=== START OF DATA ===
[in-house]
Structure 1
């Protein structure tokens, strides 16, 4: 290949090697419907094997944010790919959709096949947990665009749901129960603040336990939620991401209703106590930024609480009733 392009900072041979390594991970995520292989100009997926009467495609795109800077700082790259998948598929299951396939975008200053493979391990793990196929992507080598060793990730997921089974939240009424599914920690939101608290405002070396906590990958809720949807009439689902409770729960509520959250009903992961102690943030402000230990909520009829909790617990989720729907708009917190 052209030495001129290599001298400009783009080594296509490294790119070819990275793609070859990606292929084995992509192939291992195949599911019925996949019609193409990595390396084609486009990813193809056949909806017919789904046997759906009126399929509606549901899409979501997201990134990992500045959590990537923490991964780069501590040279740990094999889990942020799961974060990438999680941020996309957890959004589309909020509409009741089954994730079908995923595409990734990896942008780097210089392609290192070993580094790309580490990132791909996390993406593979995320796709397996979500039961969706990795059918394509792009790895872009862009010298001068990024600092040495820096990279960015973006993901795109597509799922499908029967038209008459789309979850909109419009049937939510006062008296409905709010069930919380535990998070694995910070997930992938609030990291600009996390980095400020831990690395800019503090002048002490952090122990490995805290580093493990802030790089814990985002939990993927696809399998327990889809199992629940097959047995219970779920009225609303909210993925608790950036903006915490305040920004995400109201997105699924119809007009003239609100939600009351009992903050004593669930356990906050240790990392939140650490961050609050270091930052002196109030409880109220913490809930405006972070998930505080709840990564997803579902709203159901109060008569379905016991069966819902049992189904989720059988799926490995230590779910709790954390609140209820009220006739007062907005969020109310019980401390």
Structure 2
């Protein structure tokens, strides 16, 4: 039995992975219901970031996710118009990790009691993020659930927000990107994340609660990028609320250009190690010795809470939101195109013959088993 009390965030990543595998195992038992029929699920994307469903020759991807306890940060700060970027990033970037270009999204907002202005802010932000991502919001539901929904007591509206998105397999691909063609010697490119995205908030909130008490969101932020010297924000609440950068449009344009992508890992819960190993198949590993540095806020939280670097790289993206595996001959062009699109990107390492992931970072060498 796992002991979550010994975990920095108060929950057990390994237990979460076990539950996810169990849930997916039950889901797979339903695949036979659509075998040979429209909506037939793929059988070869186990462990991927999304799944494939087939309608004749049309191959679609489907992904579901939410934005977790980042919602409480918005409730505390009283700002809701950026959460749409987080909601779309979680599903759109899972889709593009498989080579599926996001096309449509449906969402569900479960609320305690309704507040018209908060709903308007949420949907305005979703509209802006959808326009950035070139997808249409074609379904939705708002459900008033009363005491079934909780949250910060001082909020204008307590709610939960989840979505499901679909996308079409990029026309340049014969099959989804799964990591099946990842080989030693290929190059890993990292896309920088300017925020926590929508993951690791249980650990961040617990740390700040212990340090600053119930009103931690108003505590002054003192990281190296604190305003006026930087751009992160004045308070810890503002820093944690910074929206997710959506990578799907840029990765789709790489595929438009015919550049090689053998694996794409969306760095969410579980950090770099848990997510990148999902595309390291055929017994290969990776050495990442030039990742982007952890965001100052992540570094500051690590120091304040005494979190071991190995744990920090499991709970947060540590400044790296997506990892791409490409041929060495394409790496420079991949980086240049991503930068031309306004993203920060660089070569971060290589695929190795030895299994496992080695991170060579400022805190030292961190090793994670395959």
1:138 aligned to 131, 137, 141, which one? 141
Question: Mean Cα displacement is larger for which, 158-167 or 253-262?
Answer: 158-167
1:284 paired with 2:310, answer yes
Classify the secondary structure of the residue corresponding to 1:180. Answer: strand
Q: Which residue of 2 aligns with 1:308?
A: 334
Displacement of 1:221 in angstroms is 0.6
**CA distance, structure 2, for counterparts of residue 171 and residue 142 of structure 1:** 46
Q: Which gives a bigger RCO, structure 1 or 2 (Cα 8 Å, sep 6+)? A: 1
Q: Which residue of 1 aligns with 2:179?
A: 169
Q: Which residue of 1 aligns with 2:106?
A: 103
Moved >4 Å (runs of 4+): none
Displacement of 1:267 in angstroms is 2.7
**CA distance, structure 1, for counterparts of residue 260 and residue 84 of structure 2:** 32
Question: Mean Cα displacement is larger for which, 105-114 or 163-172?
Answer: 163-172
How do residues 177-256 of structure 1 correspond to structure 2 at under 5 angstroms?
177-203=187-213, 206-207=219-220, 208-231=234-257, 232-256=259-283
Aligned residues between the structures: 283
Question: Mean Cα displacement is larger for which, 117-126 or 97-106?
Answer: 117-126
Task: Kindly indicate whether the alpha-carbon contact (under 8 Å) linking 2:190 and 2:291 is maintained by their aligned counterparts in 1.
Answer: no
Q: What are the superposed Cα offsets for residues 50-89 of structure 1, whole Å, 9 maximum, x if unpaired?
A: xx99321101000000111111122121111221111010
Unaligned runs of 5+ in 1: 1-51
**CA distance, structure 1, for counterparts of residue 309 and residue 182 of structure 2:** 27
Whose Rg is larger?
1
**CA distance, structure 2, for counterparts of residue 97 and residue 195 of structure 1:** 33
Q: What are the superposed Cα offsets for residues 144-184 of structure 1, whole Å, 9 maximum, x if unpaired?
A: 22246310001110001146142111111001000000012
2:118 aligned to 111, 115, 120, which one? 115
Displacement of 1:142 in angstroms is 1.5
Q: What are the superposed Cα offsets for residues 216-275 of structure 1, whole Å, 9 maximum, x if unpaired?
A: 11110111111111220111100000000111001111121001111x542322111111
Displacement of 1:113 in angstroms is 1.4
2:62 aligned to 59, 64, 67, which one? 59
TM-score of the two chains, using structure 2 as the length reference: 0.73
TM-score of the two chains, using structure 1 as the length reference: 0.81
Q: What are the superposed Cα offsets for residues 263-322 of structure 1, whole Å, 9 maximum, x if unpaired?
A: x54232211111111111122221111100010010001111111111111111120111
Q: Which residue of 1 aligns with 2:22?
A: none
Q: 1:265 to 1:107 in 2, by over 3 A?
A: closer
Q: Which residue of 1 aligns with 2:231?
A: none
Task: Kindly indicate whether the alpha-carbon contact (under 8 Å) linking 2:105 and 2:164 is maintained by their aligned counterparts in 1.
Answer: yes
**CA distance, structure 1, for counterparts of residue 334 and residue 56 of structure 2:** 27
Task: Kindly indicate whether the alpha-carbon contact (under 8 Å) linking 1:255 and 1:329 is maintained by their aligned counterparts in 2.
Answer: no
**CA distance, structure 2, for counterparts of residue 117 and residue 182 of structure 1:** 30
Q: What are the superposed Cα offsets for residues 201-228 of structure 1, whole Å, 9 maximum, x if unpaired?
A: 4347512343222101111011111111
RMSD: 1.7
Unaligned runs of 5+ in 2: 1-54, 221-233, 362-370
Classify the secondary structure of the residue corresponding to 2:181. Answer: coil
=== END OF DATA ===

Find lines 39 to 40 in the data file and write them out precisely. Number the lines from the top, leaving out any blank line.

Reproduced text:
Q: What are the superposed Cα offsets for residues 144-184 of structure 1, whole Å, 9 maximum, x if unpaired?
A: 22246310001110001146142111111001000000012